Tuesday, May 25, 2010


I've traveled an average of 86 miles an hour for the last 36 hours as I've flown from El Paso to Atlanta to Fayetteville, NC to Atlanta back to El Paso. It feels that I've been moving at that pace anyway.

I was able,though, to make some interesting observations along the way. The one that has got me thinking in particular as I count down the minutes until we land in El Paso tonight happened as I waited to board the flight upon which I am captive.

After arriving in Atlanta on the early flight from Fayetteville I met the one and only Chase Bean, who graciously agreed to pick me up and share a meal with me during my three and a half hour layover in the capitol of the South. We dined like kings at the Dwarf House, which if you are unaware, is the original home of the first chicken sandwich and the diner upon which Truett Cathy built the Chick-Fil-A empire. It's a real treat and I would encourage any avid fan of the chicken chain to plan a stop at the Dwarf House. The menu features a few things found only at the Dwarf House, and better yet they serve your standard Chick-Fil-A fare on real plates and all entrees come with a salad. There's nothing quite like enjoying a chicken sandwich merely feet from where the Cathy brothers invented the idea.

Anyway...I got back the gate an hour before the flight home was to depart and approached the gate agent with hopeful enthusiasm. I was hoping for an empty first class seat in which I could park myself for the three hour flight across the country. Any extra room is always appreciated and three hours is a long time for my knees to dig into the seat in front of me (28A in this case).  She winced as she looked at the load and told me that all 14 passengers had checked in for the first class cabin but she could put me on the list in-case someone didn't make thier connection. I told her that would be great and was very appreciative. First class or not I would still be going home. She told me to wait nearby so she could let me know the situation.

The boarding process began with the standard pre-board call. Two women approached, one in a wheelchair and one carrying both of their bags (all five of them). The gate agent politely stated that they would need to wait a moment for another agent to assist the wheelchair passenger down the ramp. This didn't sit well with either of the ladies who seemed more concerned about having enough overhead space for their bags than having any sense of common courtesy for another human.

The ladies simultaneously launched a verbal attack on the gate agent. I stood nearby, my mouth most likely open in disbelief, and watched the gate agent patiently try to explain the situation three times to the ladies who kept on yapping the whole time. Finally the bag carrier noticed that the wheelchair's seat had been changed to the coach bulkhead row. This prompted another mini tyrade about why they weren't sitting together. The agent calmly explained that she had relocated both ladies from their original seats so that wheelchair didn't have to walk all the way to the rear of the plane but had only reprinted wheelchair's boarding pass...she had done this without them asking, mind you, in an effort to better accomodate wheelchair. All she got in return was anger and rudeness. Finally bag carrier said "c'mon just get up and walk, let's go" and wheelchair got up and off they went.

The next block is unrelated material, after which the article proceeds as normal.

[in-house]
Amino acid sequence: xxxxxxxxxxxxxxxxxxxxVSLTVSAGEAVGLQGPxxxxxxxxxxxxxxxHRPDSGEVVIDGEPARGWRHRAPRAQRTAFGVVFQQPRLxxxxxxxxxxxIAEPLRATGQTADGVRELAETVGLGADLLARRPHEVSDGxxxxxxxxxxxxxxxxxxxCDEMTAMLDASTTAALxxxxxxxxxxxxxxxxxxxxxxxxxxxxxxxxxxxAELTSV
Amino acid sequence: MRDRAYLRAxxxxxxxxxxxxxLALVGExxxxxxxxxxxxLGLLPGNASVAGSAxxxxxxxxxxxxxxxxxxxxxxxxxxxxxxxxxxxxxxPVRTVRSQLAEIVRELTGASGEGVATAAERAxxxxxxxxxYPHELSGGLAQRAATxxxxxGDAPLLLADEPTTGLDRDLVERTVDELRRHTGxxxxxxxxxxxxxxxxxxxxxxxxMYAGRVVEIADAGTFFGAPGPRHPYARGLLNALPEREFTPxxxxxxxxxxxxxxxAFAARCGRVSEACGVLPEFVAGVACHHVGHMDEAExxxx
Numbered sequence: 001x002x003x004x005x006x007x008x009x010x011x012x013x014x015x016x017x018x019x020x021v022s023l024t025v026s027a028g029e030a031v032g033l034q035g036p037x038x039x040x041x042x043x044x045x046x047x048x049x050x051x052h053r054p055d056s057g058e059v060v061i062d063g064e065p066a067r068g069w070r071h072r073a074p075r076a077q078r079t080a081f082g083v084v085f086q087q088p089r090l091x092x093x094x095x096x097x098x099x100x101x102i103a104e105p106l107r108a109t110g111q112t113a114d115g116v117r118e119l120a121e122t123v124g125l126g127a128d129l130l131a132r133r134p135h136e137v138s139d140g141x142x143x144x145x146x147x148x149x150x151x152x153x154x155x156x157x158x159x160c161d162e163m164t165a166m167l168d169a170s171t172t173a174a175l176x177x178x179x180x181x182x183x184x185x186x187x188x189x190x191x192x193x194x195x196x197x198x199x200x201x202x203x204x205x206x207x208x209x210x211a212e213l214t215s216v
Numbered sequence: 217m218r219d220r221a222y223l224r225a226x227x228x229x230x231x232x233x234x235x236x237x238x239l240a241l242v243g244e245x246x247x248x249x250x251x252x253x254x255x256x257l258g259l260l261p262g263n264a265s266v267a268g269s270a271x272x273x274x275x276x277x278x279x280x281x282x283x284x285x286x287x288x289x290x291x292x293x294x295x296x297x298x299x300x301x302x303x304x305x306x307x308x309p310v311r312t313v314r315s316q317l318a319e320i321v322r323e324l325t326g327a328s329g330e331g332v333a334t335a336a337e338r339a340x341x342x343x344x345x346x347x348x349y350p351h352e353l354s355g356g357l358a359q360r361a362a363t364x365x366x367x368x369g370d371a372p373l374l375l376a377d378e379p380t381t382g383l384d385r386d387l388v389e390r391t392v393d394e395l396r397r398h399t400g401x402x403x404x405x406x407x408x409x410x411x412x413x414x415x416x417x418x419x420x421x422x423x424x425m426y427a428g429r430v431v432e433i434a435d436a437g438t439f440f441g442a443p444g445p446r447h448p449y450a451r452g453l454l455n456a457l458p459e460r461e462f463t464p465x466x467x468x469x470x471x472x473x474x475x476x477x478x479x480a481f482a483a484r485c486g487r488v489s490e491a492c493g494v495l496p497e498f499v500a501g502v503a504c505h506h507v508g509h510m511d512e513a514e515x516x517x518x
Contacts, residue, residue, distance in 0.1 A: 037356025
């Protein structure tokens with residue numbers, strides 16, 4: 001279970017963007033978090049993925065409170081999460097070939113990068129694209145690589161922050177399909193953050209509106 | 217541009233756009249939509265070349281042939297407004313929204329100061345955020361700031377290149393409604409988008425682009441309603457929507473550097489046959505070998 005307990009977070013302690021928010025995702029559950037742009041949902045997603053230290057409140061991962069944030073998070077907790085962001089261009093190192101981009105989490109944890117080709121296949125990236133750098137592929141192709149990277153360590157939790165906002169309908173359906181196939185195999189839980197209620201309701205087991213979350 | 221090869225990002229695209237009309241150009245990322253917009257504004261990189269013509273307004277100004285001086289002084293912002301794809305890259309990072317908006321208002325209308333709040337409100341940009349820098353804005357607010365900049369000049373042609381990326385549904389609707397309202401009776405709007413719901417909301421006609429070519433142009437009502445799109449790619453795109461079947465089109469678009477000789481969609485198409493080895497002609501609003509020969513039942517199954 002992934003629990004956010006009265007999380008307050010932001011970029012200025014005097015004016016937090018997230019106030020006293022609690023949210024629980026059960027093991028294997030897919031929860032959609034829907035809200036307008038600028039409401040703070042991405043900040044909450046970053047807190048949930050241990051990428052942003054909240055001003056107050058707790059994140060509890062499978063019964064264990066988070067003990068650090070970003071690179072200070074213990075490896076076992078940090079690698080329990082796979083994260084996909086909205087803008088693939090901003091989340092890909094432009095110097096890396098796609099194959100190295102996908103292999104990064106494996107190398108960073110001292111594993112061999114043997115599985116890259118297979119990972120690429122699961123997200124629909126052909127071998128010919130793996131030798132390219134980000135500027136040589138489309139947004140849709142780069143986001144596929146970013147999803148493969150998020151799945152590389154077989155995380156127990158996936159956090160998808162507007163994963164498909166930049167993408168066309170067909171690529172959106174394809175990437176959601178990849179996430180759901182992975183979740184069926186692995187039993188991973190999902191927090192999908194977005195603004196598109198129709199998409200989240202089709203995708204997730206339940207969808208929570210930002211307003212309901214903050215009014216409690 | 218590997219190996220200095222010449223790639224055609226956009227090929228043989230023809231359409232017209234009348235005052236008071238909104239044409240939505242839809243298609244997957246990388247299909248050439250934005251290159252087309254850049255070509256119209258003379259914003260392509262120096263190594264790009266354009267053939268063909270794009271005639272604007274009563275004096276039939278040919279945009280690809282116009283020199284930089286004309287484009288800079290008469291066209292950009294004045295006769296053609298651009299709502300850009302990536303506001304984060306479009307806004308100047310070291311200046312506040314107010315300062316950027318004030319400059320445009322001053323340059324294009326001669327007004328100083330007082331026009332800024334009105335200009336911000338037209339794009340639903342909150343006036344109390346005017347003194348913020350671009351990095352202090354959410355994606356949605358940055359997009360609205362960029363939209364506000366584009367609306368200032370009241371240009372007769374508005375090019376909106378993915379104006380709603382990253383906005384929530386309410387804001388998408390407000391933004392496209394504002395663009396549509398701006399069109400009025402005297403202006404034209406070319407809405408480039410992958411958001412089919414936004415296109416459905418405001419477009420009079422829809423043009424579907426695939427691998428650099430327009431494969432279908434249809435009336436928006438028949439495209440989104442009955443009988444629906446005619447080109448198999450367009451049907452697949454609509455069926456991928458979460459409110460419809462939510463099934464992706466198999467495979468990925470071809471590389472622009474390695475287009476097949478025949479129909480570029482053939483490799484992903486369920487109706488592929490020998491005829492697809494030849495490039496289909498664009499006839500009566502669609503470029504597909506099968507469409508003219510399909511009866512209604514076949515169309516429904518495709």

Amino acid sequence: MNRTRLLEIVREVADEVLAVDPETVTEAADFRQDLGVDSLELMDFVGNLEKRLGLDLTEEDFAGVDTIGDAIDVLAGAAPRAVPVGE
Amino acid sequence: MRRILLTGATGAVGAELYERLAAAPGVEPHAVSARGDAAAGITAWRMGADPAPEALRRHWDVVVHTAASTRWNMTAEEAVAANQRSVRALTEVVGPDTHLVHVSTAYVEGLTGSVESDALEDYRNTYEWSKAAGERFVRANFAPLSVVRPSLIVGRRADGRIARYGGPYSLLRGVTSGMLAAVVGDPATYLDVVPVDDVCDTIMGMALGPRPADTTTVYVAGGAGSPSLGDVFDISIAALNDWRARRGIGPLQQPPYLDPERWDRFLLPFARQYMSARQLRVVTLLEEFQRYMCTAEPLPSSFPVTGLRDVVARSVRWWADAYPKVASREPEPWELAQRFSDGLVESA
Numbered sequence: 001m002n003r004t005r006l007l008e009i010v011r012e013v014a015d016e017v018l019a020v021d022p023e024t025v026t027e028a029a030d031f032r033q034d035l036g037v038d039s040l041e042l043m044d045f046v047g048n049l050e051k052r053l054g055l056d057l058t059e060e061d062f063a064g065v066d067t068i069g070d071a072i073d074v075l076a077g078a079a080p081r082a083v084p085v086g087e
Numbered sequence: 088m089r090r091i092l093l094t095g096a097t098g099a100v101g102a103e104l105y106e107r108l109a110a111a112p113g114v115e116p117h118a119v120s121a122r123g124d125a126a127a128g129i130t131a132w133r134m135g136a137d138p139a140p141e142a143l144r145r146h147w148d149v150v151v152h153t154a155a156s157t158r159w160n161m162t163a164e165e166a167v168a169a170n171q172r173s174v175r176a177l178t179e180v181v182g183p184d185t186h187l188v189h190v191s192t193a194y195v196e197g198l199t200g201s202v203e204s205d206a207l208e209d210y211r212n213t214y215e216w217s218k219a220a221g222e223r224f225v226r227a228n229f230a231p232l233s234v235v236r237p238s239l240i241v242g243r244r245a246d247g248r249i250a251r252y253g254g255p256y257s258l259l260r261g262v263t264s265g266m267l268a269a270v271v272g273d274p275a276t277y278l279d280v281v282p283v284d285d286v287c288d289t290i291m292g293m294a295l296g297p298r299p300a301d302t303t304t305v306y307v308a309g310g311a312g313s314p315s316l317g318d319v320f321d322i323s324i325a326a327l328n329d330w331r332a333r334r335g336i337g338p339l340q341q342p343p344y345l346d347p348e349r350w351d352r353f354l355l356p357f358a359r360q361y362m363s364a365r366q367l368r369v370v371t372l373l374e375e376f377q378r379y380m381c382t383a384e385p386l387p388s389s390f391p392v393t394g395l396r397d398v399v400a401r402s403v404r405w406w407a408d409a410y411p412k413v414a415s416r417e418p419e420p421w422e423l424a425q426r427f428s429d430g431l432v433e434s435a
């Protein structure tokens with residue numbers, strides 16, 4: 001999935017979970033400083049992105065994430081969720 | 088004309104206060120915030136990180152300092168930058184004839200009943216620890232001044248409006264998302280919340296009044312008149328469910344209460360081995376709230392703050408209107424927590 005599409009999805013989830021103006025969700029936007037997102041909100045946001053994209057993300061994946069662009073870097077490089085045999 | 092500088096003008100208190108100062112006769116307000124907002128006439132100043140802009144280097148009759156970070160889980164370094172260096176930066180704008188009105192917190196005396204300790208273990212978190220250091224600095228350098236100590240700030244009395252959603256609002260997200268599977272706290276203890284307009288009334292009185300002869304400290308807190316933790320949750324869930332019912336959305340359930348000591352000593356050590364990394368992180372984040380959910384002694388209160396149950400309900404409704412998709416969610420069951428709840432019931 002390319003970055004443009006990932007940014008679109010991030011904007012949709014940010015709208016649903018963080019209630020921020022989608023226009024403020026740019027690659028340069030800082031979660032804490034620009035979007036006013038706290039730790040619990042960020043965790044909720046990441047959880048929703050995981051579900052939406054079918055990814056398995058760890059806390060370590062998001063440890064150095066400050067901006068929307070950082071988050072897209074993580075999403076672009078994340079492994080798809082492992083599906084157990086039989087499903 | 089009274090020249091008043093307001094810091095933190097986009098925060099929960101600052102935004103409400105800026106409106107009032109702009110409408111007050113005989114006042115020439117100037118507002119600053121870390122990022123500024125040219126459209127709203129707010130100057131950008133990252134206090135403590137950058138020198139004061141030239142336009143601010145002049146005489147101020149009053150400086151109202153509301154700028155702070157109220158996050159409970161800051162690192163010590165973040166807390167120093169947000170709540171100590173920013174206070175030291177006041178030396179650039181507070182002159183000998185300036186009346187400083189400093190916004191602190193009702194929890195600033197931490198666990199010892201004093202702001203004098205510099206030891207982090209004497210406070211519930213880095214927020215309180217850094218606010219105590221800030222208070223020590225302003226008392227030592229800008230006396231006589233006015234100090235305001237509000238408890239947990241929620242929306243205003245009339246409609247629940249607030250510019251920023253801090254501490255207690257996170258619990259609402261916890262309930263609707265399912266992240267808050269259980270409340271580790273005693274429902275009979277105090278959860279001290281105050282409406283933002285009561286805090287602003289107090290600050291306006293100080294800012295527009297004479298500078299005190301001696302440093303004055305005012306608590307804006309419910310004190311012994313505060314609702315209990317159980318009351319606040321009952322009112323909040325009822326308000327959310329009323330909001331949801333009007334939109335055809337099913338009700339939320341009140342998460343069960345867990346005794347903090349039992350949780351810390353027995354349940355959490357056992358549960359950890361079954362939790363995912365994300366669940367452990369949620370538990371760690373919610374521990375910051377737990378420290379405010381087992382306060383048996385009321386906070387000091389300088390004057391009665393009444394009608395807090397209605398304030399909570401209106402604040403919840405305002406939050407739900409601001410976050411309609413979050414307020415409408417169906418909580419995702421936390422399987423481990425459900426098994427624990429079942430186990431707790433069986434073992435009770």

Not once in the whole exchange had the gate agent responded negatively or in the same tone of voice which had been hurled at her. It was quite commendable.

After everyone else had boarded the plane I stood alone at the gate counter. The agent told me that there was one open seat up front but it's ticket holder's connecting flight had just landed so we would have to wait until the cutoff time to see if they could make it to the flight. Without warning she launched into telling me how she was going through an ugly divorce and was dealing with a crappy ex. We chatted briefly about that and then chatted about what she was going to do with her companion flying privilages since said ex was no longer going to using them. I simply listened with genuine attention and didn't really offer any input. Maybe she just needed someone to listen for a brief minute, maybe she figured it didn't matter since she'd likely never see me again...who knows. I'm glad I could provide a listening ear.

I guess that just help illustrate the point that we never know what we'll encounter, and hopefully we can just be open and sensitive enough to simply stand alongside and be a listening ear when someone needs it.

Moreover though...sometimes I am astonished at peoples lack of etiquette. I don't honestly know what happens but it seems to me that a lot of people check their manners with their underwear when it comes to airport behavior. 90% of the time when a flight is delayed or disrupted it is the result of something completely out of the control of anyone earning a paycheck from the airline. It's amazing to me the number of people who will assault an airline employee when weather causes a deviation from their intended travel schedule. Worse is when people flip out because of an unexpected mechanical issue...personally I'd rather arrive thirty minutes later than plummet from seven miles above the planet.

All I'm saying is this...we all need to go back and brush up on our human etiquette. Jesus wasn't being helpful by suggesting we love our neighbors...he was laying out a fundamental principle in how to function as humans. If we all just took an extra breath when the stress meter peaks and thought rationally before we spoke we might all get along a little better.

In other notes... The flight wasn't too bad sitting in seat 1C.


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